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Crescent City health report

The New Orleans Jazz + Heritage Festival buoys a wounded community
By JON GARELICK  |  May 6, 2008

HERE THEY COME! Big Chief Monk Boudreaux & the Golden Eagles are one of the more venerable Mardis Gras Indian tribes.

“Is much better! The tourists is coming back!” That was our cab driver from Louis Armstrong Airport into New Orleans — a transplanted Haitian from Jefferson Parish. But the signals were mixed during the first of the 39th annual New Orleans Jazz & Heritage Festival’s two weekends (April 25-27 and May 1-4). At the chic bistro Herbsaint, our waiter, a transplanted New Yorker who’s lived in the city for 10 years, said he and his fiancée have been telling each other ever since Katrina, “We have to get out of here.” He’s studying to be a trauma nurse, she’s a graduate student in education. A house that would have cost them $95,000 before the hurricane would run them $265,000 now. And the city’s long-time chronic problems would be the most dispiriting for anyone in their professions: for her, widespread illiteracy, and for him, “Most of the traumas we see are gunshot wounds.”

In a way, it’s the same old story for New Orleans — every day, it seems, another murder. On Saturday, the Times-Picayune reported three people shot in a home invasion about eight blocks from the Fair Grounds Race Course, where the festival is held. It was termed a “targeted attack” — masked gunmen dressed in black, leaving two dead at the scene, wounding another who died later at a local hospital. They were the 62nd, 63rd, and 64th murders in the city this year (compared with 20 in Boston as of April 21).

There are, of course, the signs of improvement. The Lower Ninth Ward, which took heavy damage from the breach in the Industrial Canal flood wall, is virtually wiped out — former neighborhoods now nothing but weed-grown lots, with only a few signs of rebuilding. The Upper Ninth is faring better, buoyed most of all by Habitat for Humanity’s Musicians’ Village, several dozen shotgun-style homes in bright Caribbean colors on neat plots, rockers on the front porch, rosebushes facing the lawn. A new street — and more houses — are under construction. And around the Village, there are more signs of renovation. But for every home that looked pretty as a French Quarter postcard, there were two that were collapsed or abandoned, the tic-tac-toe spray-painted codes of the Katrina rescue workers still visible.

In the Central Business District adjacent to the Quarter, one sees fewer boarded-up buildings and more construction. The Footlocker at Canal at Bourbon Street — which was boarded up the year after the storm, and where my wife and I watched the To Be Continued Brass Band play a great set — is up and running. (And though we didn’t see the TBCs this year, they had taped a cardboard sign to the store’s side.) The Quarter, of course, looks to be thriving — the one indicator that the city is still suffering from a lack of a resident workforce is that late-night spots like Coops and the Clover Grill aren’t back to their former all-night hours. Across Canal, in the Central Business District, the Donald has signs up in the lot down Poydras Street from the venerable Le Pavillon hotel for a new Trump International Hotel & Tower.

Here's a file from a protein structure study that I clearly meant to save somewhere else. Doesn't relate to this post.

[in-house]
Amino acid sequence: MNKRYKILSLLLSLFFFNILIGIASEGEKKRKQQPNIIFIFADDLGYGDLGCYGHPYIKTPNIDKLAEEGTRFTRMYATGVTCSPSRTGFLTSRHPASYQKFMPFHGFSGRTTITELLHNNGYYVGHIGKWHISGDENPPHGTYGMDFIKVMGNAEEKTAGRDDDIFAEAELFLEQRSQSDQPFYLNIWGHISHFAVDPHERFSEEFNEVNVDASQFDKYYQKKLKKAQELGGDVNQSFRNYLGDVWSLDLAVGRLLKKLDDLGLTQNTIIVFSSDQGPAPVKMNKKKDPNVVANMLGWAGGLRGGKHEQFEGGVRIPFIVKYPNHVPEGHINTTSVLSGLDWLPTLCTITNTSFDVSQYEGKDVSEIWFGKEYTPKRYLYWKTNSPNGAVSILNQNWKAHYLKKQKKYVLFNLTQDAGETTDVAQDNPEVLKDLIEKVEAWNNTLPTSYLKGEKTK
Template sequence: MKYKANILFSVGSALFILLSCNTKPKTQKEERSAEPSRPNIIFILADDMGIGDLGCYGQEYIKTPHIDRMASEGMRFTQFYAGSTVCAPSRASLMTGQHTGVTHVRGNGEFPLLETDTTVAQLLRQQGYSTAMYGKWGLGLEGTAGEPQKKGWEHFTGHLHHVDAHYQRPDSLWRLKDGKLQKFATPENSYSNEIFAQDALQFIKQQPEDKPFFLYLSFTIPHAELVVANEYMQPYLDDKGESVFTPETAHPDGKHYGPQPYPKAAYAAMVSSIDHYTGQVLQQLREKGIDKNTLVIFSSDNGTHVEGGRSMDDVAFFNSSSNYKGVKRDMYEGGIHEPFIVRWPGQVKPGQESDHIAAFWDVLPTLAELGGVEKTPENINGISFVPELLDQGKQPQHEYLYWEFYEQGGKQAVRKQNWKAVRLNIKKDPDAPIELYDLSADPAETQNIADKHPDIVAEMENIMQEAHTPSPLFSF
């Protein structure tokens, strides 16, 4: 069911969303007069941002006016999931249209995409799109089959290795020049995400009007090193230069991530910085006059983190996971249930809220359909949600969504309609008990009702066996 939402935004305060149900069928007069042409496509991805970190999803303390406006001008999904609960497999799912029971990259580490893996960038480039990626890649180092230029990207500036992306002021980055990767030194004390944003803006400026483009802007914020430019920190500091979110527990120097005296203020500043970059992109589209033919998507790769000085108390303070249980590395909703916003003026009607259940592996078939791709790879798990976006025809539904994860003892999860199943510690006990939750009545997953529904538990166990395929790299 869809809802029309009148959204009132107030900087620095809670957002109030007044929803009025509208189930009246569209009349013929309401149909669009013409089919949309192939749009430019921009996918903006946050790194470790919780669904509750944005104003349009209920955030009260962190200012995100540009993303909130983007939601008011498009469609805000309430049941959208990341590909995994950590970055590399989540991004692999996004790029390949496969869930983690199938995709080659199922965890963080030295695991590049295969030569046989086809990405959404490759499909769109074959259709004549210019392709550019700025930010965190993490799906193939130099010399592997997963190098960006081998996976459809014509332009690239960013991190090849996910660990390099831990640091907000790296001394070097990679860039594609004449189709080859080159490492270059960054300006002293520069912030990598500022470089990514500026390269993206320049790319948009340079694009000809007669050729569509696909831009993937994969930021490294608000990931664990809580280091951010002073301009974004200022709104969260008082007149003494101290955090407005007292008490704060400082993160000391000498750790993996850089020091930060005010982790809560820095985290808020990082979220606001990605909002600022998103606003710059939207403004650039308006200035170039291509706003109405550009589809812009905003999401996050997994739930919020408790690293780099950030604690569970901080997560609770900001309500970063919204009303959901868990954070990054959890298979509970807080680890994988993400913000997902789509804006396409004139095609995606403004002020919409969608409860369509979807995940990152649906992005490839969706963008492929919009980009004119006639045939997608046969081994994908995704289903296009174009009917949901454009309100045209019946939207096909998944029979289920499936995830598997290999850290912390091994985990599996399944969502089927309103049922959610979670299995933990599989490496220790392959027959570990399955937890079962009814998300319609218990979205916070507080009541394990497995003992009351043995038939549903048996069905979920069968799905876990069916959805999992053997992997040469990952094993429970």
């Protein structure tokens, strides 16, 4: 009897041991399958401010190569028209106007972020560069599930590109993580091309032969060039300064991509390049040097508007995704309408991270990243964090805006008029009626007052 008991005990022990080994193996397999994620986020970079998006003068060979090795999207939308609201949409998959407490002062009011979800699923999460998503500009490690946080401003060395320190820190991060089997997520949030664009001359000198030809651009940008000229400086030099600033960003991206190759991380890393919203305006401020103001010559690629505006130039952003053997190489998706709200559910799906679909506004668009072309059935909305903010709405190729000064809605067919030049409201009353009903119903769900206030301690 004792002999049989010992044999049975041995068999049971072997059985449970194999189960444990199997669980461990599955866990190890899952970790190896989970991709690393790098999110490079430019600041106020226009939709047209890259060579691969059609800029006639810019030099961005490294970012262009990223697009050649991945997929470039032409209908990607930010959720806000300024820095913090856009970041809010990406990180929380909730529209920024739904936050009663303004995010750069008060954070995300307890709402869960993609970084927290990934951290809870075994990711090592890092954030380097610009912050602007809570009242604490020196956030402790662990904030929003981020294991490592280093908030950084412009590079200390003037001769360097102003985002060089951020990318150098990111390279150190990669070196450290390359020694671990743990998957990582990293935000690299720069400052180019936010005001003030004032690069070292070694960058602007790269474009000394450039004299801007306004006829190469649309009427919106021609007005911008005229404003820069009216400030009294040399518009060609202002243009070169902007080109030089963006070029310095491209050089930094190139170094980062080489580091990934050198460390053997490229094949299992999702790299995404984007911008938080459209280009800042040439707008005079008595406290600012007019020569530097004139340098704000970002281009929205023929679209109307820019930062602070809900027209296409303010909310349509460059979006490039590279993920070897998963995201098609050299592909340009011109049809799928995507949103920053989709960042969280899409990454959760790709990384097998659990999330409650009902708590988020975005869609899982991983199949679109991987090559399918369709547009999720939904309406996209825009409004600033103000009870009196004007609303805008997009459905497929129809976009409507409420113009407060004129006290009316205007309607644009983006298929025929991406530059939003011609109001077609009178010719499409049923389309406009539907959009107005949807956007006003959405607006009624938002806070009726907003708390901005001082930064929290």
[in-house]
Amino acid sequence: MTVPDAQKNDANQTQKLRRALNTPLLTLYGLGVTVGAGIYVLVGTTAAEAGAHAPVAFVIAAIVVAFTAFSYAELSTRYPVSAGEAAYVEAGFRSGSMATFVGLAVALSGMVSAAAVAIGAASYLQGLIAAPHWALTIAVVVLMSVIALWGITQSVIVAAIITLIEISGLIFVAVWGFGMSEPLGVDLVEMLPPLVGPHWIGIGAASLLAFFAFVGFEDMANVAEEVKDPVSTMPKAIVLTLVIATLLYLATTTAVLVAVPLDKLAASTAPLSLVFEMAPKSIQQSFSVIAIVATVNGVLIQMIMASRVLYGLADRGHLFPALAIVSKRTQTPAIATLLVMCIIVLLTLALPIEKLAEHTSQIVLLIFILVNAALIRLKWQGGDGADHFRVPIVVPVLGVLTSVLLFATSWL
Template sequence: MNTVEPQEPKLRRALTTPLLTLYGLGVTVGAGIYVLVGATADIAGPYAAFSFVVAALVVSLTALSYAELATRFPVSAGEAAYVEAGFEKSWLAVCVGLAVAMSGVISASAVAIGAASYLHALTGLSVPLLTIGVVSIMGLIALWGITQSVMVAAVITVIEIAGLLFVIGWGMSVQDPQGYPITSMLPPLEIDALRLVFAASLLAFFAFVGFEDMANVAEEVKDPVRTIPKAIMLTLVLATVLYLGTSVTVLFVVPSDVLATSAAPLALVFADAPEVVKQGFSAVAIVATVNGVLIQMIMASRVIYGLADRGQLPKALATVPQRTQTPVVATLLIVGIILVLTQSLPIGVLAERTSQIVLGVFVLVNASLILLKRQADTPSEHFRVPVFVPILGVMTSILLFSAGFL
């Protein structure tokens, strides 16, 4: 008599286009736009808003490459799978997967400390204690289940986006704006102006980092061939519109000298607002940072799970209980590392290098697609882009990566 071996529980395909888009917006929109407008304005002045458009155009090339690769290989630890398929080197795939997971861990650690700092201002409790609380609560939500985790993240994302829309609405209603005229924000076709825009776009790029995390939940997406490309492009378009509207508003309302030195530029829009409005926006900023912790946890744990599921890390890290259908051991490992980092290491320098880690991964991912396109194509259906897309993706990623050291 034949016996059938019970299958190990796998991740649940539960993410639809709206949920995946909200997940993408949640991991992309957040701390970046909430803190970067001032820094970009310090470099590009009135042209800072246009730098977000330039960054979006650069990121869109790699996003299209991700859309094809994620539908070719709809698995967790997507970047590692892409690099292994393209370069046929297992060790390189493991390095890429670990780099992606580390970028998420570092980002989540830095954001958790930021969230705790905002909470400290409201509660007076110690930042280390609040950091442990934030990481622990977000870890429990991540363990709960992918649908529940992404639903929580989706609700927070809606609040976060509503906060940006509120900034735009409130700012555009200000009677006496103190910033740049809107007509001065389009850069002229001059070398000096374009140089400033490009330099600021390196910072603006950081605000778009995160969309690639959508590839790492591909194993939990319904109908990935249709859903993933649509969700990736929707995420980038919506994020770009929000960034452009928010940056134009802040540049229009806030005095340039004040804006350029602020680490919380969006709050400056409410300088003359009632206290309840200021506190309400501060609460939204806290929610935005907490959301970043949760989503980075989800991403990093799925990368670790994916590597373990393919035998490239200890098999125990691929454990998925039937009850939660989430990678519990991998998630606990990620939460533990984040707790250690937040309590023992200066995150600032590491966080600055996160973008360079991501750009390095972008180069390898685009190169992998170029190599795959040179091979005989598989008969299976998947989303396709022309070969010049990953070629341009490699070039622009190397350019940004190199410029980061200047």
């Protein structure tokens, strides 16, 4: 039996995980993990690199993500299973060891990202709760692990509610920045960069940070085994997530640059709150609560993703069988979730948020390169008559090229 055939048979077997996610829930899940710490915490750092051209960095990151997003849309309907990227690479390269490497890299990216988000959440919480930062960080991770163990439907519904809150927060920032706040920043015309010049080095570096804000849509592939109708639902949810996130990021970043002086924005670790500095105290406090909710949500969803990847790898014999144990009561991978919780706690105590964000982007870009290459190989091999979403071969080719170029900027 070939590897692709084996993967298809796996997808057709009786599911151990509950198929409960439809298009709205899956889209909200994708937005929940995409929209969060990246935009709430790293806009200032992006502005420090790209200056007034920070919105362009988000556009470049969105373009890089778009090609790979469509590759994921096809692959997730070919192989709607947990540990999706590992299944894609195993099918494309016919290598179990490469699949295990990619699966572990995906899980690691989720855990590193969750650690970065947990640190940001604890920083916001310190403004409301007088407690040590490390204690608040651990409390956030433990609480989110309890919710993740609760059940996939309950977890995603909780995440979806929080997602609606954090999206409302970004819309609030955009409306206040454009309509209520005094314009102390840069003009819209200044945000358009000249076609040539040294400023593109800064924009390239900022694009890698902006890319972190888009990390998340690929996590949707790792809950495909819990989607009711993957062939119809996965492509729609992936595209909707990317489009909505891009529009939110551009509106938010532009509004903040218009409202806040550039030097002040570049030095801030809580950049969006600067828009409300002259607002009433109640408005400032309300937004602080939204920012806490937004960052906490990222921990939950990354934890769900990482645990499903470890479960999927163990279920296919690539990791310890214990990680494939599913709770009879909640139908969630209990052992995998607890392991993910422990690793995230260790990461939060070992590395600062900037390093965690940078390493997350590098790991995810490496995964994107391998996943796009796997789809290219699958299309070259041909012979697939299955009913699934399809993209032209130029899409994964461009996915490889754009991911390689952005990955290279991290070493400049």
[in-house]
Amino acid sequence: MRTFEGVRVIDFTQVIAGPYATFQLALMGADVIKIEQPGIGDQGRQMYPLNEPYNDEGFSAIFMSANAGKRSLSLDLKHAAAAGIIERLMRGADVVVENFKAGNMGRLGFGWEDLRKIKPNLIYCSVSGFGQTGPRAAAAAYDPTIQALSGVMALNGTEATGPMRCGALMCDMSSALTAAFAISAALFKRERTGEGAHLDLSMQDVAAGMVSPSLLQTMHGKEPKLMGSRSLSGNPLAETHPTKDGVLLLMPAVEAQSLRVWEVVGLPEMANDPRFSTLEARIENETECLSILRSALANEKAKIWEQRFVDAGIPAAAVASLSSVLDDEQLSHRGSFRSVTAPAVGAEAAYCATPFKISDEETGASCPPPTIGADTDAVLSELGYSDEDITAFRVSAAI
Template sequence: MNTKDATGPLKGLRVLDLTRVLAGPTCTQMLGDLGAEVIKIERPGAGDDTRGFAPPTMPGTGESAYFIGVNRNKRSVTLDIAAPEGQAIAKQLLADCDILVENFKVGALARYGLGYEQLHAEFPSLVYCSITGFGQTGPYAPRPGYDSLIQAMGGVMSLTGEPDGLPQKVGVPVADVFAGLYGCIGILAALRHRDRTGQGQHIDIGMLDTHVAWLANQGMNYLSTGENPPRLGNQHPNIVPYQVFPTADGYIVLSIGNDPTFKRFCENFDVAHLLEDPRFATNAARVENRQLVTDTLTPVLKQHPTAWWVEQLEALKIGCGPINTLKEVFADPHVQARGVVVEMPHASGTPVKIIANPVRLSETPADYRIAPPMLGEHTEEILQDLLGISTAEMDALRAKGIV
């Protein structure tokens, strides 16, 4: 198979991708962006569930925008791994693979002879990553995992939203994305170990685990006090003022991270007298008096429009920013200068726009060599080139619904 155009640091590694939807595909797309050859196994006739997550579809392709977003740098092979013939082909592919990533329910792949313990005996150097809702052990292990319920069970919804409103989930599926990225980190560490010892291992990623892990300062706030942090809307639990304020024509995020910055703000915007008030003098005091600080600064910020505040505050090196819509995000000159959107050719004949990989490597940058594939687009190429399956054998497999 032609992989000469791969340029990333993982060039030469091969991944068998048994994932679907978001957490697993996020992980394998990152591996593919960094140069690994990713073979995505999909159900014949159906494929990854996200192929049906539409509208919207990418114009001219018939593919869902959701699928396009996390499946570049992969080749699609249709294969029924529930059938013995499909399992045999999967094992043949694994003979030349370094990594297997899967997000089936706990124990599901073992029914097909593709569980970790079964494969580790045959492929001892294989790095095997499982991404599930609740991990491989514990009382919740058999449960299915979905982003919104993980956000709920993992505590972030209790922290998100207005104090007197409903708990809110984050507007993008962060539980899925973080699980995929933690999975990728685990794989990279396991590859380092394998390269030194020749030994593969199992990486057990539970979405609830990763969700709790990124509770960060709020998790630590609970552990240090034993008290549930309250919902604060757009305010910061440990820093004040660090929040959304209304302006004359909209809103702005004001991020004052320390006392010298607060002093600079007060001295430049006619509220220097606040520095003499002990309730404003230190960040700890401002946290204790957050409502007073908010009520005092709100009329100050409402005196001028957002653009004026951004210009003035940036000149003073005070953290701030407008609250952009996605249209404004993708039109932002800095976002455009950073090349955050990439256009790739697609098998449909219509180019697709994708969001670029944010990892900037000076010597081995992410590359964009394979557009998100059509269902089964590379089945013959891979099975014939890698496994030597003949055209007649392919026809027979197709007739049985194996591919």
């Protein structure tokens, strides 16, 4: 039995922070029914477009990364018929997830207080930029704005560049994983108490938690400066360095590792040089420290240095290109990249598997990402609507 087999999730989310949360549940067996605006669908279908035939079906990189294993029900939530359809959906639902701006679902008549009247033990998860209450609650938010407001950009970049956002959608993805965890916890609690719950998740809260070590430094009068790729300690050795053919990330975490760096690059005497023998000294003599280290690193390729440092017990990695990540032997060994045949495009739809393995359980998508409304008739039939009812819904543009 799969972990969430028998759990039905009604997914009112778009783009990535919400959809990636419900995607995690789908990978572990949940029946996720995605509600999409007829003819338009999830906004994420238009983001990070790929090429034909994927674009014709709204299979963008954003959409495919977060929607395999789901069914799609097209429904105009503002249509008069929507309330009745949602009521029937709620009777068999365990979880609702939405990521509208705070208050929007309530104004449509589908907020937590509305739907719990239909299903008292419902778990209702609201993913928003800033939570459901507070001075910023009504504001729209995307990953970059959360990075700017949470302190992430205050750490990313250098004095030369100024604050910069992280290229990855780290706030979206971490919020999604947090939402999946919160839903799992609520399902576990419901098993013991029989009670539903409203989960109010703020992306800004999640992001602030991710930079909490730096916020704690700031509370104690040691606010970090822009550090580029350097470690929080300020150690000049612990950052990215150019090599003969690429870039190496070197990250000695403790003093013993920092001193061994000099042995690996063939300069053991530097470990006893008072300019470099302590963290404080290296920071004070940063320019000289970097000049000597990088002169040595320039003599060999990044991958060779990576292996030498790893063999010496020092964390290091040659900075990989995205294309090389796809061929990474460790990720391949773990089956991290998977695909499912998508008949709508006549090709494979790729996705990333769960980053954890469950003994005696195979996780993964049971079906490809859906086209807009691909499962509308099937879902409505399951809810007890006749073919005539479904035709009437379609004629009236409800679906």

Of course, a New Orleans that’s all luxury condos wouldn’t be New Orleans any more. Jazzfest has always given its audiences the home-grown along with the big names — this year Billy Joel, Sheryl Crow, Alison Krauss & Robert Plant, Tim McGraw, Jimmy Buffett, Stevie Wonder. What New Orleans has — what fosters its special culture — is community and continuity: the Mardi Gras Indians, the brass bands, the Social Aid and Pleasure Clubs. These traditions have emerged from some of the city’s most desperate neighborhoods. As local WWOZ radio announcer and historian Tom Morgan told me two years before Katrina, “If you say you’re from the Seventh Ward, that means something. The Ninth Ward is where Fats Domino is from — and everyone knows that.”

The names of ancestors mean something too. Not just Fats but also Danny Barker, Anthony “Tuba Fats” Lacen, Big Chief Allison “Tootie” Montana. These weren’t just musicians, bandleaders, and Indian chiefs — they were teachers who passed on traditions. Playing on the WWOZ broadcast of its annual “Piano Night” from the House of Blues the Monday after the first weekend of Jazzfest, pianist David Torkanowsky dedicated a song “honoring one of the village elders who passed away last year, Alvin Batiste.”

Now, many of the living names and generations are scattered from Houston to Western Mass, and bands on stage often give an inventory of their members — who’s moved back, who will move back, and who’s still living in Dallas. On stage at the festival, the Indians in their elaborate feathered and beaded suits were represented by multiple generations, from the ancient to pre-teens. In the Fair Grounds grandstand on Saturday afternoon, Tootie Montana’s son Darryl — now himself Big Chief of his father’s Yellow Pocahontas — stood by an exhibit of suits and photographs and talked to a handful of tourists while the relentless Louisiana rain poured down outside: “I learned how to sew from my father when I was six. I made my first suit when I was 11. I’m 53 years old now.” His elaborate Mardi Gras costumes are sought by museums.

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